The BandBox Theatre has been a staple of the Kempsey community for the last few decades, but the beloved venue is in danger of being lost forever.
Colin Mayhew, acting Secretary of the Kempsey Singers, who have primarily been in charge of the building, says it's time for people to step up, or say goodbye to the venue.
"If we can't get the necessary support we need this year, the Kempsey Singers will more than likely disband, and the community will lose their local live theatre group, plus a fully equipped live performance facility," he said.
"It's been left to a small group of us to keep the doors open, and we have been busting our guts out, but we can't keep going without help and some funding.
"We don't want the theatre to close, but it's getting to that stage."
Anybody interested in helping is encouraged to attend the Kempsey Singers Annual General Meeting on Tuesday, March 9, at the BandBox Theatre, Cnr. Wide and Sea St's. Start time is 7pm.
The meeting will be used to elect a new committee and discuss plans for the future of the Kempsey Singers and the building.
They are always looking for people to come on board and help with set construction, assisting with costumes, front house duties, assisting in the kitchen, and various other roles.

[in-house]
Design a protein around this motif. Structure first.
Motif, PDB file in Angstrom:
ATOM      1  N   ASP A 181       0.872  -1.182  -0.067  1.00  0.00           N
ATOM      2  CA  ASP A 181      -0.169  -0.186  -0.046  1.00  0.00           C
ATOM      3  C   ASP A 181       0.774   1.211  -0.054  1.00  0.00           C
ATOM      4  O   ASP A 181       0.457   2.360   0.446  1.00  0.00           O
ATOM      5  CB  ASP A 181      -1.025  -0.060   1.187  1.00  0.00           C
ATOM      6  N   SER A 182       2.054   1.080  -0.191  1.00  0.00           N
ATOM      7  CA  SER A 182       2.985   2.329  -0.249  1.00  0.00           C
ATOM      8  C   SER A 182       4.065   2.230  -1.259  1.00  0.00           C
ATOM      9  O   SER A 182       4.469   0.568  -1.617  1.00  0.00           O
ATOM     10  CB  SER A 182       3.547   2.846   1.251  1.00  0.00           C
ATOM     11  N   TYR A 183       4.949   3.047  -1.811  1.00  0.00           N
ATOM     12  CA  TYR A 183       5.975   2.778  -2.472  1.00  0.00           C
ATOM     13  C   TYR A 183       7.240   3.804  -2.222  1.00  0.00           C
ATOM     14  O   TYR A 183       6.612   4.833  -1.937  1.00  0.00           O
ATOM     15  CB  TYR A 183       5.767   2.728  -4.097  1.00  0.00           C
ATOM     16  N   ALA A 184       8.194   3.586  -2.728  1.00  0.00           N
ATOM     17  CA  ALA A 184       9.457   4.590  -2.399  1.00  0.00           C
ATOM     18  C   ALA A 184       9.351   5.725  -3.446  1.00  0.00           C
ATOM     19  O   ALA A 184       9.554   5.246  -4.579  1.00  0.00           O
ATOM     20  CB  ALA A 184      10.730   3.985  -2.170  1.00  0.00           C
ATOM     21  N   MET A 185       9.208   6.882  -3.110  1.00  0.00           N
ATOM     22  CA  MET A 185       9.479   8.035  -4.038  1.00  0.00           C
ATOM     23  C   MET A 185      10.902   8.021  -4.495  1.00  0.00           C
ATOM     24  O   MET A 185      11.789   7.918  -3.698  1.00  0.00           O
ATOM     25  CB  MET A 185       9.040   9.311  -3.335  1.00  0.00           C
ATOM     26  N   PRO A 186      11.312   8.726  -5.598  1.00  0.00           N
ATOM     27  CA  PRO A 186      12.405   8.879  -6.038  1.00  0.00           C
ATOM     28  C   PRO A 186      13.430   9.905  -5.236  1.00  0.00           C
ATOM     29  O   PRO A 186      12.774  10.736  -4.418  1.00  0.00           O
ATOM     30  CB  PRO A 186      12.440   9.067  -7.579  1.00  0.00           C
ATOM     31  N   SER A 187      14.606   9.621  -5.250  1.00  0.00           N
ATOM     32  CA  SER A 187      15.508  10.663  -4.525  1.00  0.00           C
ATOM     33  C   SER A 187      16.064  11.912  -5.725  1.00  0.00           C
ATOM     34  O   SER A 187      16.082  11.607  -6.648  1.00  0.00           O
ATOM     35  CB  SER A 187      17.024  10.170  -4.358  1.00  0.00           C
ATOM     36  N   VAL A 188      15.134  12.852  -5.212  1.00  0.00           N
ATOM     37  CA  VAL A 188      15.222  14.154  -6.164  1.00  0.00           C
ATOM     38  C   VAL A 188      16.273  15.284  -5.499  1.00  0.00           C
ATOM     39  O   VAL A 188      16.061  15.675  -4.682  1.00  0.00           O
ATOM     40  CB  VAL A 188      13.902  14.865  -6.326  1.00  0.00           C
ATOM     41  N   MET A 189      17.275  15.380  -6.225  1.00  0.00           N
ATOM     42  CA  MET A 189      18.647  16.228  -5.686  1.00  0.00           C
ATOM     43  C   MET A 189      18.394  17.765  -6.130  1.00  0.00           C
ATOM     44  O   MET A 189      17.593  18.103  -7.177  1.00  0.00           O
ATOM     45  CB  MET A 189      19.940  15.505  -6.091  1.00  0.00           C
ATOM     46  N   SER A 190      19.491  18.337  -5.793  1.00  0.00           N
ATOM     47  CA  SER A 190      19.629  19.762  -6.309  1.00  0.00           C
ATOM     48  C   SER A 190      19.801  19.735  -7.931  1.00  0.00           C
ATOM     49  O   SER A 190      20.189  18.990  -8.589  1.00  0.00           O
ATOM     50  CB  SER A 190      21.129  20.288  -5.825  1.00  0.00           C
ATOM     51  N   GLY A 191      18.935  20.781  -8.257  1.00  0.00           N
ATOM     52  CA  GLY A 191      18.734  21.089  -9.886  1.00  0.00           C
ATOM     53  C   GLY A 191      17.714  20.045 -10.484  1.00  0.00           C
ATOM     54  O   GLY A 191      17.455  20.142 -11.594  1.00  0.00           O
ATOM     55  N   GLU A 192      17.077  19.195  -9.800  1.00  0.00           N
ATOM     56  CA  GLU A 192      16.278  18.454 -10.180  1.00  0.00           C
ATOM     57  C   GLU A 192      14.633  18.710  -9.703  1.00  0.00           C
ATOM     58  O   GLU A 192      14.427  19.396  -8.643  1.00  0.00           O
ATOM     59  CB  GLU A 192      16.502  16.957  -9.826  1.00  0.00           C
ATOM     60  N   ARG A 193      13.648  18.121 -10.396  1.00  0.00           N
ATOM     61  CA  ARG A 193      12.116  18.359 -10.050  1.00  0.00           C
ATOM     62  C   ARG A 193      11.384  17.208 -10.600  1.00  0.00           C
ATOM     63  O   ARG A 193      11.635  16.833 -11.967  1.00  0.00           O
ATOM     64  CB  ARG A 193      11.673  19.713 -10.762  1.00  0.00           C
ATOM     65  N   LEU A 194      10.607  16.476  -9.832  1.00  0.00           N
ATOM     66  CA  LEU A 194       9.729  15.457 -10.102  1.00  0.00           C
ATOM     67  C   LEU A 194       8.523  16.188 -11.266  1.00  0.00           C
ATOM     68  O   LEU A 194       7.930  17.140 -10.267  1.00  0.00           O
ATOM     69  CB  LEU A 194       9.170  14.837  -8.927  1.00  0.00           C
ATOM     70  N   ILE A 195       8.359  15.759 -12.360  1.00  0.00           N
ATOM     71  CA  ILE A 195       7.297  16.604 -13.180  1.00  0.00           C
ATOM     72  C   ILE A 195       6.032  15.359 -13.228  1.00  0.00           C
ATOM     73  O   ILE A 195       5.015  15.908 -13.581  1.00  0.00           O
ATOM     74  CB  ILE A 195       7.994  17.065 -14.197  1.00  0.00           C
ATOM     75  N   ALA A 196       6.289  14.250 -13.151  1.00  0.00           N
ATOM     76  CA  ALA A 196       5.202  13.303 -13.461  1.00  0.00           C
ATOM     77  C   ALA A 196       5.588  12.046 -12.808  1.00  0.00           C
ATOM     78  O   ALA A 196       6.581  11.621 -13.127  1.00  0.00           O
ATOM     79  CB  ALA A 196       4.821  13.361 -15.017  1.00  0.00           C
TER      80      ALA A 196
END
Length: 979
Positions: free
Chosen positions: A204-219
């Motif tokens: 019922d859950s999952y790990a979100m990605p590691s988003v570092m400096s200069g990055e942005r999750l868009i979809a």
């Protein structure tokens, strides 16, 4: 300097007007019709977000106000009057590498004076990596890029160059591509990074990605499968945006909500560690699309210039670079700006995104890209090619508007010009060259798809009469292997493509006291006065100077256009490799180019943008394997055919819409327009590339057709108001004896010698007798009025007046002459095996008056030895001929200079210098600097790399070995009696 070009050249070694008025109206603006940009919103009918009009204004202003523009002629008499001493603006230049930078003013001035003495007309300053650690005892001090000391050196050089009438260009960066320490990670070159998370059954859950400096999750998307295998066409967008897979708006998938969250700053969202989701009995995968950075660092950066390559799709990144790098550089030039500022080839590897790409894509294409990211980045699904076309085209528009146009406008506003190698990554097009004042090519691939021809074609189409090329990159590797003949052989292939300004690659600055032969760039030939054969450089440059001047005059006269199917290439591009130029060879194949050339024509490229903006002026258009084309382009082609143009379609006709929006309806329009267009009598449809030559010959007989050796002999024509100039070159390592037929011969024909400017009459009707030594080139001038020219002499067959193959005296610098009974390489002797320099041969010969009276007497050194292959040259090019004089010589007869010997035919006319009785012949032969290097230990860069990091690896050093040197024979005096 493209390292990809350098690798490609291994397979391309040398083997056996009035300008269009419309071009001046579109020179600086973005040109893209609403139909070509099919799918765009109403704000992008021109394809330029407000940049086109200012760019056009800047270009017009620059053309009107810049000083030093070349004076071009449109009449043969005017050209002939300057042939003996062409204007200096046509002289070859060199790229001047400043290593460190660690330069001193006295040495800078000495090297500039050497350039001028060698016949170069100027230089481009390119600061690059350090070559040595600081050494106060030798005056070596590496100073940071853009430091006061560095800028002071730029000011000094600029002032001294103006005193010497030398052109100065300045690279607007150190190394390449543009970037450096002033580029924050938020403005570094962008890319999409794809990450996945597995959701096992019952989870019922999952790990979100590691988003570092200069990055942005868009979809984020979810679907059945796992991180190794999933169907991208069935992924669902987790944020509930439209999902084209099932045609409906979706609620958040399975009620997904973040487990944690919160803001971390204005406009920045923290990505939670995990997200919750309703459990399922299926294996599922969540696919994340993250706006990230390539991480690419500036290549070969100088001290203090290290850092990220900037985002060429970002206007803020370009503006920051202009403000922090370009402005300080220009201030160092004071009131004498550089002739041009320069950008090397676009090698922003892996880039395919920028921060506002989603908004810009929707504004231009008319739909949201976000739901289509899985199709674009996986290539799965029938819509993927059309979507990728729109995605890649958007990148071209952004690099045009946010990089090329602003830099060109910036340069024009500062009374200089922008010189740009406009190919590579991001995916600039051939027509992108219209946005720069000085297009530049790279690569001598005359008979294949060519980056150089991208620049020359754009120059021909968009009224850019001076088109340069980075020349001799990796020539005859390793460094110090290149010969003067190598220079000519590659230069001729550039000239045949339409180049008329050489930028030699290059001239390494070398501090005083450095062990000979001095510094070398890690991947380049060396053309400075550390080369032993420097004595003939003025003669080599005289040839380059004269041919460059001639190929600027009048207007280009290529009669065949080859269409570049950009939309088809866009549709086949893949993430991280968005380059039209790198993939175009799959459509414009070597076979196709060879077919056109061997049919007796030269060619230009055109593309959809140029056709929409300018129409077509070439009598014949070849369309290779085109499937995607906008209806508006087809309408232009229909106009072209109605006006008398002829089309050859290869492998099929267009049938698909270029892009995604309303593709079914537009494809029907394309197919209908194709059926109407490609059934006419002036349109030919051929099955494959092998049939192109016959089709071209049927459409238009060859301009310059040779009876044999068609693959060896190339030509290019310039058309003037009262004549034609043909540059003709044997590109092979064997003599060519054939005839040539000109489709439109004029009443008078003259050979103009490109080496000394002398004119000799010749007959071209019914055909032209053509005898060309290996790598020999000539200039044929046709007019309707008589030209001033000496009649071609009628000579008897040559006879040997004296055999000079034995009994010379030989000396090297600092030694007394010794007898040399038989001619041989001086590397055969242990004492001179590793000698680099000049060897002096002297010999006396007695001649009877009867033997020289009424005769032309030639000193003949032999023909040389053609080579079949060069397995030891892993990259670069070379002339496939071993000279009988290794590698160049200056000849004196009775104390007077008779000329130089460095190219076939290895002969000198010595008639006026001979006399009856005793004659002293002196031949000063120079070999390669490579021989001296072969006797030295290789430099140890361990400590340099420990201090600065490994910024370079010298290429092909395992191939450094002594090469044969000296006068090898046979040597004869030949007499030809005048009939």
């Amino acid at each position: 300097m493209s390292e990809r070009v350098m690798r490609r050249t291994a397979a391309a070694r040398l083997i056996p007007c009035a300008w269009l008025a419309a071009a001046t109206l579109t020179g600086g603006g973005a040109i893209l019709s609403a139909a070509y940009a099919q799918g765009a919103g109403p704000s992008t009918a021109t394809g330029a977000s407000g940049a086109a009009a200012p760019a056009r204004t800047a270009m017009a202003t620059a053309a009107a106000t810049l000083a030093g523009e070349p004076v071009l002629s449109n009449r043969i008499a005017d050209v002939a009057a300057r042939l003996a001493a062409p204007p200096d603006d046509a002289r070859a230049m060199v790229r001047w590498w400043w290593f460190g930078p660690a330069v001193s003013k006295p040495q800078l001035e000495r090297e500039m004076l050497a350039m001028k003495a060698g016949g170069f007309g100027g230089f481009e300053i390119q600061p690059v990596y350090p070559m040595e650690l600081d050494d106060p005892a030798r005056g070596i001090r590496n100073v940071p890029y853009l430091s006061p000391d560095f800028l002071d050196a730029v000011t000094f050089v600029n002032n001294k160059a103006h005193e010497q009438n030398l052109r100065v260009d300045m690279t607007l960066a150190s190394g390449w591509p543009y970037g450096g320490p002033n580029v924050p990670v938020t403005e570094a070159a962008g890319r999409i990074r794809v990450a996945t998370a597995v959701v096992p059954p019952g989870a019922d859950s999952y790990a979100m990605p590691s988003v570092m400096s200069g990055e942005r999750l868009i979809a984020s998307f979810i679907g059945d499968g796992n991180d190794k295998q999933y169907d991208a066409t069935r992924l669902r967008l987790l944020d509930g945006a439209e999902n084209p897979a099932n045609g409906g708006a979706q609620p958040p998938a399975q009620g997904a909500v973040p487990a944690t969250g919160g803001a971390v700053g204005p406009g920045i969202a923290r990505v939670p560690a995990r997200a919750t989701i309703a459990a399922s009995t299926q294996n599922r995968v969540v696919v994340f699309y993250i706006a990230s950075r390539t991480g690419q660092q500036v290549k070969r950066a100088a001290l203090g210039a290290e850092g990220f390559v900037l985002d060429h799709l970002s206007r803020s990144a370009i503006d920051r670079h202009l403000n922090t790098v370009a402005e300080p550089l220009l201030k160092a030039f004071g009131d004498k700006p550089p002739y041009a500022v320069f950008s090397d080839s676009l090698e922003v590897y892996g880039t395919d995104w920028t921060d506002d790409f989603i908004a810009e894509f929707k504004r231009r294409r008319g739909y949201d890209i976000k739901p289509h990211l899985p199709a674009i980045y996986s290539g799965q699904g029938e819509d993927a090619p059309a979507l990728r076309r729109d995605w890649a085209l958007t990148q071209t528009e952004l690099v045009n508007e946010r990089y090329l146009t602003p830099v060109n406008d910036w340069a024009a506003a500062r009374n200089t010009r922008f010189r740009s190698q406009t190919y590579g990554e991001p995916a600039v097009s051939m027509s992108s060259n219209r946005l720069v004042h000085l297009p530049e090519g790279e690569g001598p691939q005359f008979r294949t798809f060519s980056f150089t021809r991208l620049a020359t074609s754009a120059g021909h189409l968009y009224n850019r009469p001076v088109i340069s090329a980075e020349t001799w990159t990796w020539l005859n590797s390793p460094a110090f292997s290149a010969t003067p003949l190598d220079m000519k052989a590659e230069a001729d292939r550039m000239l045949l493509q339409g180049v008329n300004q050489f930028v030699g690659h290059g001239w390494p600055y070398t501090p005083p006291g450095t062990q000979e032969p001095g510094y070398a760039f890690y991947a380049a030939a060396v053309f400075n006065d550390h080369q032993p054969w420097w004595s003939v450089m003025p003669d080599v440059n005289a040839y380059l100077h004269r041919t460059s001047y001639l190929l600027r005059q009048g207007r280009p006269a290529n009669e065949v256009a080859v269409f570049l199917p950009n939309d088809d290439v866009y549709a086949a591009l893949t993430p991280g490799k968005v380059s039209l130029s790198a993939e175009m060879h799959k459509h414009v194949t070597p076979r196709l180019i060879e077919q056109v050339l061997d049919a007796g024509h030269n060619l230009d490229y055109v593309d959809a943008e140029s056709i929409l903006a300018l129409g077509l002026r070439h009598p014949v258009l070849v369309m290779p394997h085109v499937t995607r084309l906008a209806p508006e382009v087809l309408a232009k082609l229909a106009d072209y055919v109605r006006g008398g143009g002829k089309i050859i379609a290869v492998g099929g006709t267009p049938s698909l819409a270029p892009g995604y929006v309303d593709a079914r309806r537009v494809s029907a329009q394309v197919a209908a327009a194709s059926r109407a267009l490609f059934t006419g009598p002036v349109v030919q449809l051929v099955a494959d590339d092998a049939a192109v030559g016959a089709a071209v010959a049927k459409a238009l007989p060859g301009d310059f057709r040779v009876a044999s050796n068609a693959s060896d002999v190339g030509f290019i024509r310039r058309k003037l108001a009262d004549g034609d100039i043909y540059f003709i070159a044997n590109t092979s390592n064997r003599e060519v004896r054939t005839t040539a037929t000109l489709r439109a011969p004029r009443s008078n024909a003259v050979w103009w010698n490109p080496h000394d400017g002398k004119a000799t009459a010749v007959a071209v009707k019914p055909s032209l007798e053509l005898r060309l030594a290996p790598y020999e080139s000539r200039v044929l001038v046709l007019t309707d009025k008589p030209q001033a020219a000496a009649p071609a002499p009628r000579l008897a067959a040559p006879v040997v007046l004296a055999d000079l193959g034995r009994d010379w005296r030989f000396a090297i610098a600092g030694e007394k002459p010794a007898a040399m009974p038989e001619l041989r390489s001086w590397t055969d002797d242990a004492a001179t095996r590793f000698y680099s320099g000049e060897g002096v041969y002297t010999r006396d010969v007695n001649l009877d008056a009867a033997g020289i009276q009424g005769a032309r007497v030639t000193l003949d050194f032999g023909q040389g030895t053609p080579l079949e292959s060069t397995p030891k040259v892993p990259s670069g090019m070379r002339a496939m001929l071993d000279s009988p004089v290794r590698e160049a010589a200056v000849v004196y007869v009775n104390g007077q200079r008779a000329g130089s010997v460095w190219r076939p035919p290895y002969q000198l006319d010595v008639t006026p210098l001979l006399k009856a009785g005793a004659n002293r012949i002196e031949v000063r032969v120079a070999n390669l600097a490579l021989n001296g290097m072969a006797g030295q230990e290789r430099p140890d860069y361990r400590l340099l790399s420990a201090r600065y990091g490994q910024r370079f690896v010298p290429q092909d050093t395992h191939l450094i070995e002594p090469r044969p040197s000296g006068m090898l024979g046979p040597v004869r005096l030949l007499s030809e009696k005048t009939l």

"We are inviting past members, anybody who has been involved with the group over the years in any capacity, to attend," Colin said.
"Anyone outside of our group who is interested in continuing live theatre here in Kempsey, and the preservation of The BandBox Theatre, is welcome to come along as well."
The Kempsey Singers and the theatre have been in dire straits for a while now.
In years past, they have held over 90 stage shows, from dramatic plays to musicals, with the most recent being The Island of Doctor Moron, which proved a hit with audiences.
COVID-19 has played a large part in the downturn, but also the draconian lease agreement with the landlords, Kempsey Shire Council.
"The land is crown land, the building is owned by the council, who we rent off, but we have been mainly responsible for outfitting and maintaining the building," Colin said.
"We also have to pay rates, rent, mow the lawns, and keep the building in a workable state."
The theatre is also desperately in need of renovations, to make it more comfortable for visitors and modernise the building.
"The original group in the 1960s moved into an unlined shed that through hard work and perseverance was transformed into a fully functional live performance facility," Colin said.
"It's still a great space, and we have put a lot of work into it over the years; it just needs modernising from the old 70s and 80s style.
"The ultimate goal, if we can find the funding, is to turn it into a community performance centre, a place where everyone can use it for live performances, whether that be dancing, a musical, or something else."
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